The Fox and Goose, Foxt
Foxt sits high up on the valley side, above Froghall. The pub is small and friendly and the beer garden has fine views across the fields to Ipstones and beyond. Food is served in a separate dining area.
The Railway Inn, Froghall
The Railway Inn is a pub, restaurant and hotel next to Kingsley & Froghall Station. As of early 2022, the pub had been sold to new owners and was being refurbished.
The Valley in Poetry
The Vales of Wever
A "loco-descriptive" poem written by a guest at Wootton Lodge in the late 18th century. Even by the standards of the time, the language is flowery and was considered "fatiguingly monotonous" by the Edinburgh Review in 1799. It's trite rubbish but good for a laugh, even if you don't stick it all the way through.
The Fairies of Caldon Low
This poem was written in 1847 by Mary Howitt. Sadly, the prehistoric mound of Caldon Low was quarried away in the 19th century; the one shown here is at Swarkestone in Derbyshire. Some of the people who believe in such things think that the fairies may have relocated to Ribden Low, nearby.
The Canal, Froghall
This poem was written by W H Auden while still a youth in 1925 and published in a collection called "Juvenilia: Poems 1922-1928". The collection also contains a poem called "Flowers and Stationmaster", which mentions a station called "Waterhouse" that may have been Waterhouses, near Cauldon.
The Churnet Valley Railway
The Churnet Valley Railway currently runs steam and historic diesel trains between Leek Brook Junction and Froghall.
The line is a remnant of the North Staffordshire Railway, known as "The Knotty", built through the valley in the 1840s.
Caldon and Uttoxeter Canals Trust
The two arms of the Caldon Canal run into the Churnet Valley at Horse Bridge. The Leek Arm runs north to the outskirts of the town. The main line runs south-east to Froghall, where it meets the remains of the Uttoxeter Canal.
Boats and Canals
Boats and Canals hosts forums on anything and everything boat-and-canal-related.
Camping & Cycle Hire
Farm on the Hill
Manor House Farm is in Prestwood, overlooking the south-eastern end of the valley towards Denstone. As well as camping and cycle hire, there's a tea shop, a mini museum of farm life and a community meadow and woodland.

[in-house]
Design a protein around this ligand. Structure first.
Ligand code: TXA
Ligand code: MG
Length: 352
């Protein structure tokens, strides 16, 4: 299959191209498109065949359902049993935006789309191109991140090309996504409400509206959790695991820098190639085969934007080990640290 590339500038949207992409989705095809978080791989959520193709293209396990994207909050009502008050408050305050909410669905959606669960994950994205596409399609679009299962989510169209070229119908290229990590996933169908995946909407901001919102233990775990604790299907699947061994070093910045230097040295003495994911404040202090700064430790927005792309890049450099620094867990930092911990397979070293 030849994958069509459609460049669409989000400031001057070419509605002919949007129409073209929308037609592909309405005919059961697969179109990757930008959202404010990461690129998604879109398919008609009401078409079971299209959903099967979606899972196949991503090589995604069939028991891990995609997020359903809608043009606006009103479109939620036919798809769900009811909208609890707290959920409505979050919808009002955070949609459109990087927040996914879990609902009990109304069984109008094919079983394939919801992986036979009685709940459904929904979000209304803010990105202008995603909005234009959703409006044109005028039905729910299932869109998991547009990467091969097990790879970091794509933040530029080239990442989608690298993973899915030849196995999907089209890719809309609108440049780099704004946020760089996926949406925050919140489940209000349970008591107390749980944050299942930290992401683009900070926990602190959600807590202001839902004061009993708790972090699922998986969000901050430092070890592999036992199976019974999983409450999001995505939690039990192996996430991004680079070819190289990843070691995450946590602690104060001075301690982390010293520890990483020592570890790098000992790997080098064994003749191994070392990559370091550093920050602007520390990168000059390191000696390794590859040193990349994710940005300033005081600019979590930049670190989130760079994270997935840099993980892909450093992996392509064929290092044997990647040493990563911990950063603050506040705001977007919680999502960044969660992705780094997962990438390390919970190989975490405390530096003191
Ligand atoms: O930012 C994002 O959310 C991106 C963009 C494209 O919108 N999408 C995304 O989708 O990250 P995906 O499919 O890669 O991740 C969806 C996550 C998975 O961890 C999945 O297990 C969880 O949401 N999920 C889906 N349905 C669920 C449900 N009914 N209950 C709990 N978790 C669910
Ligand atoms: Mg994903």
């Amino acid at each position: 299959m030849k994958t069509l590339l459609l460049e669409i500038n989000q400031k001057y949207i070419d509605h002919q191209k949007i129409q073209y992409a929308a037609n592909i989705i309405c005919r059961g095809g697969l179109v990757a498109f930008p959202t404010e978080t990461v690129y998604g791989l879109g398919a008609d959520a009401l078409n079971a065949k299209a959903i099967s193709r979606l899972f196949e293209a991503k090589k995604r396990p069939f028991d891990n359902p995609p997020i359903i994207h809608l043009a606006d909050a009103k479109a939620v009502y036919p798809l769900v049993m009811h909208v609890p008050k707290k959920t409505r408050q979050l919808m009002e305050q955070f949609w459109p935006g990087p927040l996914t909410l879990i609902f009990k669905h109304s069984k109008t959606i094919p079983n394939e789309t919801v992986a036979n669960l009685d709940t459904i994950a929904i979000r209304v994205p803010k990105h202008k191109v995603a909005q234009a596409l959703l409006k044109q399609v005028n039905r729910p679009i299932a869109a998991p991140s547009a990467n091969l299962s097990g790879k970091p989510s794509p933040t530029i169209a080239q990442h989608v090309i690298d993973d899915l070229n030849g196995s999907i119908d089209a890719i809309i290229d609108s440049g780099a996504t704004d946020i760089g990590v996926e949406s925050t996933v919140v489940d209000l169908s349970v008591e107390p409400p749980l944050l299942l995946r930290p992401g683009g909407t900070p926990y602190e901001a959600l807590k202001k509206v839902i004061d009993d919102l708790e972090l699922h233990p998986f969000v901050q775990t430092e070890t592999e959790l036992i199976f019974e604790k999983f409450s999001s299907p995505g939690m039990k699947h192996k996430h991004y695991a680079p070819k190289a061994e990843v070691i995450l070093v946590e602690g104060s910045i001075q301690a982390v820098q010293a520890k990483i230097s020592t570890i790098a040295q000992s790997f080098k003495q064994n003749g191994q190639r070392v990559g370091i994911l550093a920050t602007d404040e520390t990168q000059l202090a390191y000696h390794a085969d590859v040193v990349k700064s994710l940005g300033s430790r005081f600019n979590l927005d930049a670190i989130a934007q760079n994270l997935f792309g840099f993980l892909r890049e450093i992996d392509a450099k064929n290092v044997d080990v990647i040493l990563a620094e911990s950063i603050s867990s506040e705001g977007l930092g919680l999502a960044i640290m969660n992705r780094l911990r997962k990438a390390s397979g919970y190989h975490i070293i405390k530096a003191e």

Maps, Images and History
Geograph Britain and Ireland
The Geograph® Britain and Ireland project aims to collect geographically representative photographs and information for every square kilometre of Great Britain and Ireland.
The site has a search facility and, naturally, a map-based interface. The Churnet Valley is well represented.
National Library of Scotland Maps
The NLS site mixes old maps with satellite and LIDAR imagery, which can displayed side-by-side or overlayed for comparison. The LIDAR is particularly useful for peeking beneath the trees to spot features scarcely visible on the ground.
A Vision Of Britain Through Time
This site contains various types of information. It is especially useful, however, for its early-19th-century Ordnance Survey First Series maps, which pre-date most of the maps available elsewhere.
Bradshaw's 1830 Canal Map on canalmaps.net
This is a map from 1830 including parts of the Caldon, but especially the Uttoxeter Canal, which was mid-way through its short existence at this point. The road network is also interesting, including the likes of the Blythe Marsh to Spend Lane turnpike, parts of which are, now, no more than a footpath.
Some Other Sites
Alton Wire Mill and Dam
Exploring the history, present and possible future of the mill, which has had many uses over the centuries but currently sits boarded-up and semi-derelict, waiting for a new purpose.
Books, Booklets and Other Paper-Based Sources
Information points have been erected at sites around the village of Oakamoor, at Froghall Wharf and elsewhere in the valley. These are excellent resources, featuring old photographs of the sites in their industrial heyday with informative supporting text.